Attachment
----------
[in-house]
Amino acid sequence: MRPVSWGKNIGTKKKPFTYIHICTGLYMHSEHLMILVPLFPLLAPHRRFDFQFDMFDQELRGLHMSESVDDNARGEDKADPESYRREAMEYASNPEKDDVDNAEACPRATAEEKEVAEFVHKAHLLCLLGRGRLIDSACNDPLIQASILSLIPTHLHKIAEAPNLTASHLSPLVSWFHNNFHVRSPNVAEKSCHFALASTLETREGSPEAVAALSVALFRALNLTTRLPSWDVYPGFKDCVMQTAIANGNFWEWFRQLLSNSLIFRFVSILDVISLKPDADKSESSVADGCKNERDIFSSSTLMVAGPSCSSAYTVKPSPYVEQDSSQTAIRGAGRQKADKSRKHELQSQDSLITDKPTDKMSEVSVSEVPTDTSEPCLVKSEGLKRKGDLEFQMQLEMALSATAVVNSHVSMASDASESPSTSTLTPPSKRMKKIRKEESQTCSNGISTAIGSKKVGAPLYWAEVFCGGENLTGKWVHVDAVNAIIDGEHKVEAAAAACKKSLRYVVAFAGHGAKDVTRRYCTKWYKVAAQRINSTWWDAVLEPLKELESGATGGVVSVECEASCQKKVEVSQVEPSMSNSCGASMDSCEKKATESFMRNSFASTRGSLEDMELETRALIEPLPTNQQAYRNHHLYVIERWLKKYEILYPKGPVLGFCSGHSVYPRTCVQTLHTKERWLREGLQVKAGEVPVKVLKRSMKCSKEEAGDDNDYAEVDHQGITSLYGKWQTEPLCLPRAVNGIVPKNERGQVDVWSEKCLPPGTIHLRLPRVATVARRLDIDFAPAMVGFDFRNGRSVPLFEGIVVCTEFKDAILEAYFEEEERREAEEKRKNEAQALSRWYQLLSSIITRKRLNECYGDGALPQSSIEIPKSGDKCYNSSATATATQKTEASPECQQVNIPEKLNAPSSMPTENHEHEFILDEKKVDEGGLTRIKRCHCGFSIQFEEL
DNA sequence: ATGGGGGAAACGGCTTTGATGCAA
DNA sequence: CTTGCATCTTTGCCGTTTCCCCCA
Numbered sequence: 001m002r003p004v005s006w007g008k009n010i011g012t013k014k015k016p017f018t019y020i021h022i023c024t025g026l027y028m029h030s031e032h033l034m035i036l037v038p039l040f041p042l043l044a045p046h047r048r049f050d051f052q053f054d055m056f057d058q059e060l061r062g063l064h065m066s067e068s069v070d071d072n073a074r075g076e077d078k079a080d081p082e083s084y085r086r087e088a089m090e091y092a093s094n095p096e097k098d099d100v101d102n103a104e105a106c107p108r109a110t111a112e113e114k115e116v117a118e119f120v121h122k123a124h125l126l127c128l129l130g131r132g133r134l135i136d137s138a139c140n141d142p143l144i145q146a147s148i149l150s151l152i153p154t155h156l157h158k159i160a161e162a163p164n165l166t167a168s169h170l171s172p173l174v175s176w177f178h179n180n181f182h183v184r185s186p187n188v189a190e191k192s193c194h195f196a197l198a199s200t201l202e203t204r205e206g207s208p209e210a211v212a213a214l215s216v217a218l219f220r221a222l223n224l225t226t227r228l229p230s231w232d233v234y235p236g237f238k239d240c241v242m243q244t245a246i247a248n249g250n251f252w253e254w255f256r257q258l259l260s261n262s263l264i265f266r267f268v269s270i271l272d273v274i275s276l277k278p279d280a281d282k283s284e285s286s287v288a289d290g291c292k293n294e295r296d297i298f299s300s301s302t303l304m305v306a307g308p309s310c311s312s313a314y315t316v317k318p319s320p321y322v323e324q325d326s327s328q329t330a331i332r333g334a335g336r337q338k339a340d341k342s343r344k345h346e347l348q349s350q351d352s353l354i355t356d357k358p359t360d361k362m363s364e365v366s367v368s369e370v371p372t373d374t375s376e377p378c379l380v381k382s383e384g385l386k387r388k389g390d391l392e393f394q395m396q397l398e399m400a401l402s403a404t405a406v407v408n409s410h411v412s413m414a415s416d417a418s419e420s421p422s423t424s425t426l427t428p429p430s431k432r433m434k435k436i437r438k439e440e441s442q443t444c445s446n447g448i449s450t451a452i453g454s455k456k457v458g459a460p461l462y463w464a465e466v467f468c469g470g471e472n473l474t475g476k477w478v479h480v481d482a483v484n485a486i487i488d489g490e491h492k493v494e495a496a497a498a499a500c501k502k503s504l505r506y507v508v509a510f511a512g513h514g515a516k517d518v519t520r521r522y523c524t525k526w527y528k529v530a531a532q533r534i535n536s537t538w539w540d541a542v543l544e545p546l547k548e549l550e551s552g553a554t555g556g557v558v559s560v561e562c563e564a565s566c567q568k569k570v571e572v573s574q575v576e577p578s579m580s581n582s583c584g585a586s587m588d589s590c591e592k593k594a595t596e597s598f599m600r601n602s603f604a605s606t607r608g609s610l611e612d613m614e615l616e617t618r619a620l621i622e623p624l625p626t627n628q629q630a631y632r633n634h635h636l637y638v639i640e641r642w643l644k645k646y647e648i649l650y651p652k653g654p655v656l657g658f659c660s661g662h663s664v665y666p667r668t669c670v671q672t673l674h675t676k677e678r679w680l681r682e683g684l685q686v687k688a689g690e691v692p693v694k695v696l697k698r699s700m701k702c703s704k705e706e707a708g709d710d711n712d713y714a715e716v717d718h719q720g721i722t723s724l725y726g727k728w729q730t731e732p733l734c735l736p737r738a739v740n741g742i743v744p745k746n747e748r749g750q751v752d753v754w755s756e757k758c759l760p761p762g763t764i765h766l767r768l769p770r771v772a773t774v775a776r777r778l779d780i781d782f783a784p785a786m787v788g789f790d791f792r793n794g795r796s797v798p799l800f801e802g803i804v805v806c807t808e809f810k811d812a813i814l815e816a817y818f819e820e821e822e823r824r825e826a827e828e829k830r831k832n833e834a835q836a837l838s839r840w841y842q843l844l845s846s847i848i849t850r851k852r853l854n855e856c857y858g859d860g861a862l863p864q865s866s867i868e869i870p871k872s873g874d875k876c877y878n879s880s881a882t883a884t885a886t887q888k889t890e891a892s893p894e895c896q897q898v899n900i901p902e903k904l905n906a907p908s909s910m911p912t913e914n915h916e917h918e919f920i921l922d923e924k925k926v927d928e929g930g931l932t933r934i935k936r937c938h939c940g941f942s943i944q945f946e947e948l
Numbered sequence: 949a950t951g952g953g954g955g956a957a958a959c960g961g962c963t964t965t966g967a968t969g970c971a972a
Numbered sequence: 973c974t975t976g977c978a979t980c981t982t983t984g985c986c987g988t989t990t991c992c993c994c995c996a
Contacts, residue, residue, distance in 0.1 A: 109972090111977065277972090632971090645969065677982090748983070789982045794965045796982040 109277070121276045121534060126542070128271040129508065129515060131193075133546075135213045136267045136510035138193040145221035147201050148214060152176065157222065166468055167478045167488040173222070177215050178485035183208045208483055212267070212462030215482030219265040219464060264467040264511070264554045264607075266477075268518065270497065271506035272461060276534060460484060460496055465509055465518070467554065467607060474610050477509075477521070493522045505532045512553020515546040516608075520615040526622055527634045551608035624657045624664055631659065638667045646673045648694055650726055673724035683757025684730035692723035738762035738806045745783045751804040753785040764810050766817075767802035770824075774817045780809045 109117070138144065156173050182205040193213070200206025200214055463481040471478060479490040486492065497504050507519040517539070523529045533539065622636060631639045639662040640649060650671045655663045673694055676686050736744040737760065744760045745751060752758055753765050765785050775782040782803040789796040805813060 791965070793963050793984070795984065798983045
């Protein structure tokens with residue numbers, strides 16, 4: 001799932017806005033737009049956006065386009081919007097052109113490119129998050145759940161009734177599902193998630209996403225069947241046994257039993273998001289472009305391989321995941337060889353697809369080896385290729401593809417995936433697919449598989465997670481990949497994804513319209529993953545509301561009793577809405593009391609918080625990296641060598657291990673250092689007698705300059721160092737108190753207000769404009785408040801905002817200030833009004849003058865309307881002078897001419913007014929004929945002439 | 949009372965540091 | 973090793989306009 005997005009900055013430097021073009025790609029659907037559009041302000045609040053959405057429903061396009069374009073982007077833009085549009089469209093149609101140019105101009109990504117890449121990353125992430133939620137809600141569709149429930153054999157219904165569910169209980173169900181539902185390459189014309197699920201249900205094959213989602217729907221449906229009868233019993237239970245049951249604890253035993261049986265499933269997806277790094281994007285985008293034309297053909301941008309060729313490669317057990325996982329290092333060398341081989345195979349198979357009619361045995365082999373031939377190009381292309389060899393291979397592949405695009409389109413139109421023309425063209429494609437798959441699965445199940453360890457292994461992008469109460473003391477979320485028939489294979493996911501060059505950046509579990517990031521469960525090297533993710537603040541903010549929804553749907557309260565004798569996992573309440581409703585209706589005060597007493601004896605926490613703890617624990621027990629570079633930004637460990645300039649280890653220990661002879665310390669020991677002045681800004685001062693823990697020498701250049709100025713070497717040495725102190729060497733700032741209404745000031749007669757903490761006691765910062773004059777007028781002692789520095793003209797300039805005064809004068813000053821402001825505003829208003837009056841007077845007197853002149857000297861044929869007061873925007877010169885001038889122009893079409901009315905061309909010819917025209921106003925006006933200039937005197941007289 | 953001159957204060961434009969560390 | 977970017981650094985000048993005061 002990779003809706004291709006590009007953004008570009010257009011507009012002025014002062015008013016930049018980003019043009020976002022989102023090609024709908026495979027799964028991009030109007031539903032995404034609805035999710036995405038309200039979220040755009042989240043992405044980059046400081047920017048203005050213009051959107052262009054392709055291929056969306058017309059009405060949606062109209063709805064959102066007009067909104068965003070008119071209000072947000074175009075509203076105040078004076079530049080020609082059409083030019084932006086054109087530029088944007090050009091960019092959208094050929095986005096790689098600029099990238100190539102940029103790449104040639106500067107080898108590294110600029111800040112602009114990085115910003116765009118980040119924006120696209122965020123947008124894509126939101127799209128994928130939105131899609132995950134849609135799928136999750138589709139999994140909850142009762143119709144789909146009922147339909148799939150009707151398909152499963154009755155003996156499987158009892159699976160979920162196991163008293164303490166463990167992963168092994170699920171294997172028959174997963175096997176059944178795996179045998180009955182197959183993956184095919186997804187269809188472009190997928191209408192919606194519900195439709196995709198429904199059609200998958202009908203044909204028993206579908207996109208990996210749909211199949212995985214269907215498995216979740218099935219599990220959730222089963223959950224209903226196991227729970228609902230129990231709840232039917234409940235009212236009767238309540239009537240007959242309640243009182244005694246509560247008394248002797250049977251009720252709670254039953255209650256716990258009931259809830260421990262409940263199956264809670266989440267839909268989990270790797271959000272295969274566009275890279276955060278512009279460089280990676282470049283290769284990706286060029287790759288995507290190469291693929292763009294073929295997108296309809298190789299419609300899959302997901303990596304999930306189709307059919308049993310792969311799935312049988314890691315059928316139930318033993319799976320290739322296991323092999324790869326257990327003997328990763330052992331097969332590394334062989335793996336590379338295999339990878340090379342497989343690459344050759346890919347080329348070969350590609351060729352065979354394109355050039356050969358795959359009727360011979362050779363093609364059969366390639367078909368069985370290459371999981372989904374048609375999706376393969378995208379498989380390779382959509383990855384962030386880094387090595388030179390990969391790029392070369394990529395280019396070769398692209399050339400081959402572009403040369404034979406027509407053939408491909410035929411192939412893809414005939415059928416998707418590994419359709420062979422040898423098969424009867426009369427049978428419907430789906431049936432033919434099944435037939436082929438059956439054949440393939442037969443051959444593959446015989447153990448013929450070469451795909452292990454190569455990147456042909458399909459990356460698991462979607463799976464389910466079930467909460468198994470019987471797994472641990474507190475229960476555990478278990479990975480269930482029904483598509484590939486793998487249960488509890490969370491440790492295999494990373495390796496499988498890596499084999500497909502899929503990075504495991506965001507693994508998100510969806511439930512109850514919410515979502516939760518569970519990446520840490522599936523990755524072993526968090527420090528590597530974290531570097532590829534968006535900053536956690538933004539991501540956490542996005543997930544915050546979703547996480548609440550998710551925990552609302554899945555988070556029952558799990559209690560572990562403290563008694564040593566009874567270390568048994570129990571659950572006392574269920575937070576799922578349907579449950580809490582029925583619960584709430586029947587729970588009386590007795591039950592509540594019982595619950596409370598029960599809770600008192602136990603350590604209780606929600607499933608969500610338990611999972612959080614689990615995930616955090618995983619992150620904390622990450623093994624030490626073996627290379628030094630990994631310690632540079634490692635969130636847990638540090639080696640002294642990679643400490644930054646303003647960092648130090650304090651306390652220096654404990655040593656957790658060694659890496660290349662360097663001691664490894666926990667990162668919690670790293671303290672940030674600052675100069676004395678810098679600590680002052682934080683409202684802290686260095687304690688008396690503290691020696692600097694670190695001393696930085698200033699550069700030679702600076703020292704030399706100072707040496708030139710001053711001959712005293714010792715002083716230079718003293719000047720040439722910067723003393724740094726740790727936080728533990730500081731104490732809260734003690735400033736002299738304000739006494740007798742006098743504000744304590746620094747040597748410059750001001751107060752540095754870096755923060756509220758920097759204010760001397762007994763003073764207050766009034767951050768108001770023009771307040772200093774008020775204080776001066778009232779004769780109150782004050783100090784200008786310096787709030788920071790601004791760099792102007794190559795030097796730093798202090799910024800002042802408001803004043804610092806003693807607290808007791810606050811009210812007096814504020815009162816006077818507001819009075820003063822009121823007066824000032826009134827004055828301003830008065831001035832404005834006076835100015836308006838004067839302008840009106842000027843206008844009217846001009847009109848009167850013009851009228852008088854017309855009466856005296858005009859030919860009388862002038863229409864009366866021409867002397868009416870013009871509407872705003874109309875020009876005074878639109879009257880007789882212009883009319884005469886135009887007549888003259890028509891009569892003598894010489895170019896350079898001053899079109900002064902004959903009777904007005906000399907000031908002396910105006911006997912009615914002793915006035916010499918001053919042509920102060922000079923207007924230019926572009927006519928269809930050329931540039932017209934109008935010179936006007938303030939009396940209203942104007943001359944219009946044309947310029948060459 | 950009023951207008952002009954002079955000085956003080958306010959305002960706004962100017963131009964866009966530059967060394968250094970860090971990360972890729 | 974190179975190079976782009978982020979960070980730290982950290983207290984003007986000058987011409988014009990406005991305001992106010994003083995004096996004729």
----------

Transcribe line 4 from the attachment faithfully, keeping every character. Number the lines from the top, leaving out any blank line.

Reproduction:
DNA sequence: CTTGCATCTTTGCCGTTTCCCCCA